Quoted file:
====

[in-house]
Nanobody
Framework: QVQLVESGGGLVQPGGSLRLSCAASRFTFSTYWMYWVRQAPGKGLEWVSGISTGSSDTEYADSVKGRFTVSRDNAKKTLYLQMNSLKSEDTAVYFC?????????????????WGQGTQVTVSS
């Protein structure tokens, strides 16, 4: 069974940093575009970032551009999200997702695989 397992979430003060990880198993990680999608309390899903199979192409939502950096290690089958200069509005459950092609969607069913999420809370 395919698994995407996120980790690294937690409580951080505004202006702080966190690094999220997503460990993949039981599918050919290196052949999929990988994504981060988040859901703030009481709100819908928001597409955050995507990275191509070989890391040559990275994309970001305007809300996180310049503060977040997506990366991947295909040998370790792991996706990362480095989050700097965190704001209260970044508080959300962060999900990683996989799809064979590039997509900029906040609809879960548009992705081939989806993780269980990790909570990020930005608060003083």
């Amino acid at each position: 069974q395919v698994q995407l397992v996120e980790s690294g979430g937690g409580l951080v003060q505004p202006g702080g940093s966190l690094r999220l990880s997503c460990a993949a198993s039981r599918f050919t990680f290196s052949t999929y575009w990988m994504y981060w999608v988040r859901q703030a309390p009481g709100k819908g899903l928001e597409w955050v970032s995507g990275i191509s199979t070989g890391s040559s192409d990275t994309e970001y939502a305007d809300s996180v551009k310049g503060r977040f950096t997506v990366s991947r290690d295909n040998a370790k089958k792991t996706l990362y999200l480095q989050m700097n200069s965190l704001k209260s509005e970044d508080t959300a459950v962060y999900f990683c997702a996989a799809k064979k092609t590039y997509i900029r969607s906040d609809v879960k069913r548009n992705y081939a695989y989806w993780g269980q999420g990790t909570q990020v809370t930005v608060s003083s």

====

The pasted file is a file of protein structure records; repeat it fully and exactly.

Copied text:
[in-house]
Nanobody
Framework: QVQLVESGGGLVQPGGSLRLSCAASRFTFSTYWMYWVRQAPGKGLEWVSGISTGSSDTEYADSVKGRFTVSRDNAKKTLYLQMNSLKSEDTAVYFC?????????????????WGQGTQVTVSS
């Protein structure tokens, strides 16, 4: 069974940093575009970032551009999200997702695989 397992979430003060990880198993990680999608309390899903199979192409939502950096290690089958200069509005459950092609969607069913999420809370 395919698994995407996120980790690294937690409580951080505004202006702080966190690094999220997503460990993949039981599918050919290196052949999929990988994504981060988040859901703030009481709100819908928001597409955050995507990275191509070989890391040559990275994309970001305007809300996180310049503060977040997506990366991947295909040998370790792991996706990362480095989050700097965190704001209260970044508080959300962060999900990683996989799809064979590039997509900029906040609809879960548009992705081939989806993780269980990790909570990020930005608060003083």
């Amino acid at each position: 069974q395919v698994q995407l397992v996120e980790s690294g979430g937690g409580l951080v003060q505004p202006g702080g940093s966190l690094r999220l990880s997503c460990a993949a198993s039981r599918f050919t990680f290196s052949t999929y575009w990988m994504y981060w999608v988040r859901q703030a309390p009481g709100k819908g899903l928001e597409w955050v970032s995507g990275i191509s199979t070989g890391s040559s192409d990275t994309e970001y939502a305007d809300s996180v551009k310049g503060r977040f950096t997506v990366s991947r290690d295909n040998a370790k089958k792991t996706l990362y999200l480095q989050m700097n200069s965190l704001k209260s509005e970044d508080t959300a459950v962060y999900f990683c997702a996989a799809k064979k092609t590039y997509i900029r969607s906040d609809v879960k069913r548009n992705y081939a695989y989806w993780g269980q999420g990790t909570q990020v809370t930005v608060s003083s």